Rethinking future of tourism means reopening tourism?

Yangchen C Rinzin 

What ought rethinking the future of Bhutan’s tourism to mean? If tourism must be reopened, the argument is based on perspective of sustainable tourism. From the perspective of tour guides, it is about improving quality of guides.

These were some of the views shared by five panellists from the various backgrounds during the bi-monthly panel discussion on rethinking the future of tourism in Bhutan.

After tourism closed owing to Covid-19 pandemic since March, Tourism Council of Bhutan (TCB) has initiated several interventions under rethink, react and recover strategy.

One of the panellists, Phub Zam, president of Bhutan Chamber of Commerce and Industry, said that pandemic hit the global tourism sector hard. The question, she said was how to open it at the earliest.

“I am a business person, and my point of view on rethinking could differ from a sustainability perspective. TCB must adopt models to bring tourists physically,” she said. “For us, the economy has been affected by this pandemic. So this is where I would like to concentrate, to bring back the economy.”

She added that tourism must restart even for smaller groups and that the government must do away with the sustainable development fee (SDF). “We must realise that the whole world is affected, which means those coming to Bhutan would find SDF expensive.”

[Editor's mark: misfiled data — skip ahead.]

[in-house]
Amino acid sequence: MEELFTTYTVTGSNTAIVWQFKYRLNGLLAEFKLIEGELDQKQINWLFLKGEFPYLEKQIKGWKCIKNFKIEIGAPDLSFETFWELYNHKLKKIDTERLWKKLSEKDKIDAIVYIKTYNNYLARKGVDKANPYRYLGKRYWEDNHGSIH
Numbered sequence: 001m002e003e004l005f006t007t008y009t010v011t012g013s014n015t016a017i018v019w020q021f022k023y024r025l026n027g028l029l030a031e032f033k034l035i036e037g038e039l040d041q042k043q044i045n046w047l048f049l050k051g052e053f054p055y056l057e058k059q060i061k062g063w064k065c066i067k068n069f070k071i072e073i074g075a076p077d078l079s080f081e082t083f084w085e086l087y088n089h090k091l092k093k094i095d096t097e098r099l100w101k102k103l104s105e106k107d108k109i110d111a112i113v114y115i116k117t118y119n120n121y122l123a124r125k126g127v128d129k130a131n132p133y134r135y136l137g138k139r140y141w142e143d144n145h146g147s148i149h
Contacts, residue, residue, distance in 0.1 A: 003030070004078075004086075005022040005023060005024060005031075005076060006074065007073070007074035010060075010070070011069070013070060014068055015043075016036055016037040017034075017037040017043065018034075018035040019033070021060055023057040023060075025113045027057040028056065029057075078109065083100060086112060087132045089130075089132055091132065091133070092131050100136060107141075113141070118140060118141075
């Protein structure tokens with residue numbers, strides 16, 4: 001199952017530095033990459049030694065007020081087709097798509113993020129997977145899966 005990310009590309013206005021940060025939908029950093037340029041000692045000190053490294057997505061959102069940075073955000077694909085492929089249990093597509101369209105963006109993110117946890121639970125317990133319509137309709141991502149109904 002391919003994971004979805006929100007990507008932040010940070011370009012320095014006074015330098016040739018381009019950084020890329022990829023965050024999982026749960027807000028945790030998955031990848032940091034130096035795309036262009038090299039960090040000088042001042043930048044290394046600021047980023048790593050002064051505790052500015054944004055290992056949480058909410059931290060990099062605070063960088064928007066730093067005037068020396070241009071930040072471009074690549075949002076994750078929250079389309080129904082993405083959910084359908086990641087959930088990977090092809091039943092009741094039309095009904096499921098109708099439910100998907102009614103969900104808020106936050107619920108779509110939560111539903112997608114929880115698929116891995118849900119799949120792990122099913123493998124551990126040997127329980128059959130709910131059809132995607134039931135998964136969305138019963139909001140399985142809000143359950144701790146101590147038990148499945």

While practising safety protocols was easy, she reiterated that maintaining 21-day mandatory quarantine would not encourage tourists to visit Bhutan.

However, sustainable tourism advisor/specialist, Dr Karma Tshering, argued that Covid-19 was a blessing in that it was time to rethink about sustainable tourism. “This is a perfect time to reflect why people choose Bhutan as a travel destination, and it is because of our culture, forest, conducive environment. Covid-19 has given us time to pause and work on discouraging mass tourism by not replicating another country.”

Guide Garab Dorji said that rethinking the future of tourism should also be about improving quality of guides. “We’ve almost 5,000 guides today when we actually require about 1,500 guides. It is about time TCB should raised the standard of Bhutanese guides.

Garab Dorji added that it was worrying that while Bhutan receives on an average of tourist aged 58 and above while 70 percent of Bhutanese guides are below 25 years old.  “Guides are the face the country. We’ve talked so much on the quality of tourism. We must now talk about the quality of guides.”

Garab is, however, not in favour of doing away with the SDF.

Blogger and photographer Yeshey Dorji said that the focus should be on how to maximise arrivals of tourists and to “focus” on the cash cow that is bringing tourists from the west instead of promoting regional tourism or charging SDF. “We must reorient,” he said. “Let’s not be paranoid of tourists. We must allow tourists to come in now and reopen tourism.”

The panellists agreed that it was time to focus on the smaller groups of tourists, which would also encourage tour operators.

TCB’s director-general, Dorji Dhradhul, said that the pandemic had given time to rethink, remodel and recover and that post Covid-19 tourists might prefer to travel in small group or individual.

“Fewer tourists means less demand for service, fewer guides, and hotels. It’ll be guided by the number of tourists arriving. So, and this is a serious issue.”

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